In the present invention, oil is to be recovered from a recovery zone by means of a waterflooding operation wherein the aqueous flooding liquid, e.g., water, has been thickened by the addition of an ionic polysaccharide selected from the group of heteropolysaccharides prepared by employing the bacteria of the genus Xanthomonas. Of these heteropolysaccharides, the polysaccharide B-1459 is preferred. Polysaccharide B-1459 contains d-glucose, d-mannose, and d-glucuronic acid groups in the ratio to 2.8:3.0:2.0. It also contains about 3 to about 3.5 percent by weight pyruvic acid and about 4.7 percent by weight of acetic acid. The acetic acid exists as the O-acetyl ester, whereas the pyruvic acid is attached through a ketal linkage. The polysaccharide B-1459 is produced by culturing bacterium Xanthomonas campestris NRRL B-1459 United States Department of Agriculture, on a well-aerated medium having a pH of about 7 containing commercial glucose, organic nitrogen sources, dipotassium hydrogen phosphate, and appropriate trace elements. The preferred fermentation temperature during the culturing is about 28 C. The fermentation reaction is complete in about 96 hours or less. Bacterial cells and suspended impurities are removed from the fermentation product by centrifugation after adjusting the pH to from 5 to 6. The polysaccharide B-1459 is precipitated from the centrifuged fermentation product by adding salt and a low molecular weight alcohol thereto.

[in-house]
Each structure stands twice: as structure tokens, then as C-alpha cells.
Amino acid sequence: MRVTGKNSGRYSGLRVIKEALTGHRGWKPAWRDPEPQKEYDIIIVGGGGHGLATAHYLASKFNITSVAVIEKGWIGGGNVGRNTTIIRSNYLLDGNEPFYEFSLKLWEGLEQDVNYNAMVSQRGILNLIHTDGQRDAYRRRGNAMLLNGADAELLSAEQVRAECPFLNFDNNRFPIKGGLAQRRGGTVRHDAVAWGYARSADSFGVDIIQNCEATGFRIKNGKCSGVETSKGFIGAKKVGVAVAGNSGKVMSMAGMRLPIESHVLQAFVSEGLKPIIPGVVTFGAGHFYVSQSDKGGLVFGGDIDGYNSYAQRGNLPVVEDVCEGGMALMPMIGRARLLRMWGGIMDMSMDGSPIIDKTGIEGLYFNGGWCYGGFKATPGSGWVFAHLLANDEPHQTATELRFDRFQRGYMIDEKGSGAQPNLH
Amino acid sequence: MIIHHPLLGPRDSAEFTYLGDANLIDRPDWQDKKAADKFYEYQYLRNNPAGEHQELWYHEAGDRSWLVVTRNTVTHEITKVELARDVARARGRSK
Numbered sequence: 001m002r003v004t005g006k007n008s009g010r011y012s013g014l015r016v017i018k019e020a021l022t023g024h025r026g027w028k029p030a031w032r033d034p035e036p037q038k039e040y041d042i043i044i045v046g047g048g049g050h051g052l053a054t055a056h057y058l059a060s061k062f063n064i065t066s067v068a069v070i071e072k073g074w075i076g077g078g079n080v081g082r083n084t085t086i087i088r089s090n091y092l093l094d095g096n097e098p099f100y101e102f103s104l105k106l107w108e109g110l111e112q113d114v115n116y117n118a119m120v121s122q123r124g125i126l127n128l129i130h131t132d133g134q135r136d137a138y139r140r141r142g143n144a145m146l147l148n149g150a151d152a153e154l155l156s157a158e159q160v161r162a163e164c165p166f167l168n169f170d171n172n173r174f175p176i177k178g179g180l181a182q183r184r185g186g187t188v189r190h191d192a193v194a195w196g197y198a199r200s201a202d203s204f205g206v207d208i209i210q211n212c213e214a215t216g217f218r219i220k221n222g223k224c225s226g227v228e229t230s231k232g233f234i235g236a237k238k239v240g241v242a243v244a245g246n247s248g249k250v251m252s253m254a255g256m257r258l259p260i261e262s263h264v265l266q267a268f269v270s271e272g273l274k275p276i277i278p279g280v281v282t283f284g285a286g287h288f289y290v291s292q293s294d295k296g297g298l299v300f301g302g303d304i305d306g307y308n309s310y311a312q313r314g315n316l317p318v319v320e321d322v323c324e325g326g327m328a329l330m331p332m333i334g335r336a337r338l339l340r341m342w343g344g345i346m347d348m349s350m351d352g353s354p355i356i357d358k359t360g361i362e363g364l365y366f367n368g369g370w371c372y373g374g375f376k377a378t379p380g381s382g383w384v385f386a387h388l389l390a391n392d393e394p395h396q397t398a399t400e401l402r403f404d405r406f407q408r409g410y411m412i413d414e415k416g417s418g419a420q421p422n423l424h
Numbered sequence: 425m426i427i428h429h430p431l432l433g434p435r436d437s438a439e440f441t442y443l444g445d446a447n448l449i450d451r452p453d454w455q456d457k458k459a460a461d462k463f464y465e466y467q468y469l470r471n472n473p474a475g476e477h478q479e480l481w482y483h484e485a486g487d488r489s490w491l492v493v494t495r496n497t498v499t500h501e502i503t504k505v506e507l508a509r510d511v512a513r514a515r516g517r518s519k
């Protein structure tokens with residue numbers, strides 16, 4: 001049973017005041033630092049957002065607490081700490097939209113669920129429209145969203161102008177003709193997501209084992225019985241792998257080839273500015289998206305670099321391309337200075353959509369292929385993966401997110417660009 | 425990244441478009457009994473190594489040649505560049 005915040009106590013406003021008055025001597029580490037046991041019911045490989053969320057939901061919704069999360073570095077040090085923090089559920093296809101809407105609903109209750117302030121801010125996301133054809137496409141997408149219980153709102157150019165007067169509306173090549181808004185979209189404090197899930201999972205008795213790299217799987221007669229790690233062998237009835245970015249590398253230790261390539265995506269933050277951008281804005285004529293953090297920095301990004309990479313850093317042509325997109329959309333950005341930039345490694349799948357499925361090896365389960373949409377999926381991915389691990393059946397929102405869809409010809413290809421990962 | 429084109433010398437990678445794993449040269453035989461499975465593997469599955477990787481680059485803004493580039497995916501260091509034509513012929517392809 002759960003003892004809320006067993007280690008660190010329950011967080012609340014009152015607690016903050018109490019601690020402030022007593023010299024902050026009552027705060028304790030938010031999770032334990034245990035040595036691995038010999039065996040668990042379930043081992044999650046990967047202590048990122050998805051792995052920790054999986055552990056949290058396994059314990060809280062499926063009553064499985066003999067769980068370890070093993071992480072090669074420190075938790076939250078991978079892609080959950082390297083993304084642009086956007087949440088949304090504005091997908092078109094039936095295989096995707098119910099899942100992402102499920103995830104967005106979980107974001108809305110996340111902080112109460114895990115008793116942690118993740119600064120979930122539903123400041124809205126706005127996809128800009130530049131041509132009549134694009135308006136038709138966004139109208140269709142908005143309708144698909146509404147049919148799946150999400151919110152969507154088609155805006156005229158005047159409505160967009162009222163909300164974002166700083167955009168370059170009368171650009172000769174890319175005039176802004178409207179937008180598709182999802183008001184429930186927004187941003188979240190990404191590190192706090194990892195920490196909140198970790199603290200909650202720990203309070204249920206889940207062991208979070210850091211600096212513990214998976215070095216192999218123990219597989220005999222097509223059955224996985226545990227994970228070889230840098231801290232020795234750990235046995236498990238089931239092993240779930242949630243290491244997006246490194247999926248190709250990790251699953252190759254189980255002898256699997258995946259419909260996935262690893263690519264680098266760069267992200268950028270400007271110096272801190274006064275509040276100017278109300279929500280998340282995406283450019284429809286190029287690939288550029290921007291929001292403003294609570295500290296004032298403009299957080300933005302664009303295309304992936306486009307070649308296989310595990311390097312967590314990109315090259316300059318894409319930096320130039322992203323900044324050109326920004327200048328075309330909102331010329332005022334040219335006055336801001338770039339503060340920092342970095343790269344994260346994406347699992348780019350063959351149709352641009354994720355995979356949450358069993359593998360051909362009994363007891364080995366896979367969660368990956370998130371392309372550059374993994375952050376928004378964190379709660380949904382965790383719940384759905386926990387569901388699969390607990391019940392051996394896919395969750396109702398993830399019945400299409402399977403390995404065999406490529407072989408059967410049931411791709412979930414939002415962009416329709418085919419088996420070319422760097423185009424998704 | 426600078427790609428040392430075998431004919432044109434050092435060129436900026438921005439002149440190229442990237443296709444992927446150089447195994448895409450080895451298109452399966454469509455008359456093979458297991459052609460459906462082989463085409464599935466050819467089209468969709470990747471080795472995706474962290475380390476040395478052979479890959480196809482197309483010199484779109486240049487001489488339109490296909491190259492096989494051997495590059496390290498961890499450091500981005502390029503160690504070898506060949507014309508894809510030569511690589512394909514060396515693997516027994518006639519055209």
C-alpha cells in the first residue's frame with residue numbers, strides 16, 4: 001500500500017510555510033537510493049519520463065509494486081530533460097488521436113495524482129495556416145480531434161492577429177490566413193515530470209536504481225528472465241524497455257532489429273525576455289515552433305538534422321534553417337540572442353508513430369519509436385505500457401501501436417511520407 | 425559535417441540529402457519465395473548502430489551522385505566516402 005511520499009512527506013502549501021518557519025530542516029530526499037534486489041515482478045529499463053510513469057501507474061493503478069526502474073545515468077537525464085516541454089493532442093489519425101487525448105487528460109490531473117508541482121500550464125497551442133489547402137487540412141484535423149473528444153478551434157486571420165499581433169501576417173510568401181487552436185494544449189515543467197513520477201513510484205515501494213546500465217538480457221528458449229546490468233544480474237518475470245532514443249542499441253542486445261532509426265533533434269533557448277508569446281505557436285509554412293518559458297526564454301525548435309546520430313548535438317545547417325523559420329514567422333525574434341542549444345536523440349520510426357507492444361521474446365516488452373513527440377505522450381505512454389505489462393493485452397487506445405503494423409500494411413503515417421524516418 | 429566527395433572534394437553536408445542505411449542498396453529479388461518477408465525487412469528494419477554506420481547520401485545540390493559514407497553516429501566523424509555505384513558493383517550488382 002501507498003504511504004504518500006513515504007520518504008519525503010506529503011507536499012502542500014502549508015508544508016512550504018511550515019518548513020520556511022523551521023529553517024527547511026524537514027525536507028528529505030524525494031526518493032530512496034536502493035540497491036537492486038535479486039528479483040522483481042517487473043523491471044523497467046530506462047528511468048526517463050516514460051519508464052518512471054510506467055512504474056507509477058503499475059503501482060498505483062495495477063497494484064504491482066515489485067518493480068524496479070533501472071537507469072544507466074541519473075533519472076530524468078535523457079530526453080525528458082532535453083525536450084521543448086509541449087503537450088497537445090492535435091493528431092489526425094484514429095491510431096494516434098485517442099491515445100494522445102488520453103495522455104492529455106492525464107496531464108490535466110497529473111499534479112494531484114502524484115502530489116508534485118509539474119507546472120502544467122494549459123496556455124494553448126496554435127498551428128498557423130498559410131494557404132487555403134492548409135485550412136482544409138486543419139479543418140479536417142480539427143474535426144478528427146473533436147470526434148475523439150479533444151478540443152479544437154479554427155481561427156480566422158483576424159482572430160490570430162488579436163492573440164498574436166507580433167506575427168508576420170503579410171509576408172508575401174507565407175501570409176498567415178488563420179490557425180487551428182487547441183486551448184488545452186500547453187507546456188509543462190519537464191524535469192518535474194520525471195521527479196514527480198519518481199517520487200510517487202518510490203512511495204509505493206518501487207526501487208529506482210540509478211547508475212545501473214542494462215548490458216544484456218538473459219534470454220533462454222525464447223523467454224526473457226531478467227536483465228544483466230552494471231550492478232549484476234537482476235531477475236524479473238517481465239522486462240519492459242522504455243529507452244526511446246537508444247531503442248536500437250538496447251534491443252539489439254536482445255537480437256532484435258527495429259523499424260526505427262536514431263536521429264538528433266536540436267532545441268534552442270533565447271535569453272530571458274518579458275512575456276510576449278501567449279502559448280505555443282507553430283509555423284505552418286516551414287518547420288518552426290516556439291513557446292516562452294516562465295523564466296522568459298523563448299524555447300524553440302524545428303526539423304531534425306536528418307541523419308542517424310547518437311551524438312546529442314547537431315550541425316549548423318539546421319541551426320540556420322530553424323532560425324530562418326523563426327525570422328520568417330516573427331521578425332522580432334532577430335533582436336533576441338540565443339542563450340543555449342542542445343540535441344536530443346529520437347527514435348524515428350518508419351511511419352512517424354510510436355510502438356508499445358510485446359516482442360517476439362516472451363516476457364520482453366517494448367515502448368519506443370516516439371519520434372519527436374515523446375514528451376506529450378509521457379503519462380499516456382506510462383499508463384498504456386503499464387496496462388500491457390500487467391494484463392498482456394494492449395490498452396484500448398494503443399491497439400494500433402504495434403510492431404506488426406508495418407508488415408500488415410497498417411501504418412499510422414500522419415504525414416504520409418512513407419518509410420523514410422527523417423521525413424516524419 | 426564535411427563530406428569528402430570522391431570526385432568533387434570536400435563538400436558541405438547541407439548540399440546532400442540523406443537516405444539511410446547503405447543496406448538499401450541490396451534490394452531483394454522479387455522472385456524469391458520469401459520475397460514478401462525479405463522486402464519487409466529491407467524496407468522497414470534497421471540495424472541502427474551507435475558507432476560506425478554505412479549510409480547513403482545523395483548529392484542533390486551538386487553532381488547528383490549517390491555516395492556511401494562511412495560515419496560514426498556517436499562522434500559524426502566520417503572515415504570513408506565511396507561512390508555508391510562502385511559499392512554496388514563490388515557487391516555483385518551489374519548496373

The polysaccharide B-1459 is now a relatively standard product. Its molecular weight is estimated to be in the millions. This polysaccharide is commercially available under the trade name "Xanflood" from the "Xanco" Company, San Diego 92123. It was formerly called "Kelzan".

The terms fresh water and hard water as used herein are by their nature inprecise and useful only to simplify the explanation of the invention. The definition of these terms depend on the specific situation encountered. In our invention polysaccharide B-1459 is first prehydrated in fresh water, and then this prehydrated product is mixed with hard water to form a solution of polysaccharide having superior viscosity compared with the same amount of polysaccharide initially hydrated in hard water. Laboratory studies (See Example VIII) have shown that this method works best when the fresh water prehydration step is done in water containing below about 15,000 g/m3 of total inorganic ions (cations and anions) including monovalent and divalent ions typically Na+, Ca++ and/or Mg++. Therefore, fresh water is water which will prehydrate the polysaccharide to yield a polysaccharide solution in hard water of higher viscosity than hydrating directly in hard water. Deionized water contains no appreciable inorganic ions. Hard water or brine as used herein is water having these inorganic ions present in amount well above what is considered fresh water, for example, about 20,000 g/m3. Since it is clear that experimentors armed with the basic teachings of this disclosure may find variation from brine to brine using the same principles, these values are not intended to limit the scope of the invention but are included for disclosing the full amount of information which present data teaches.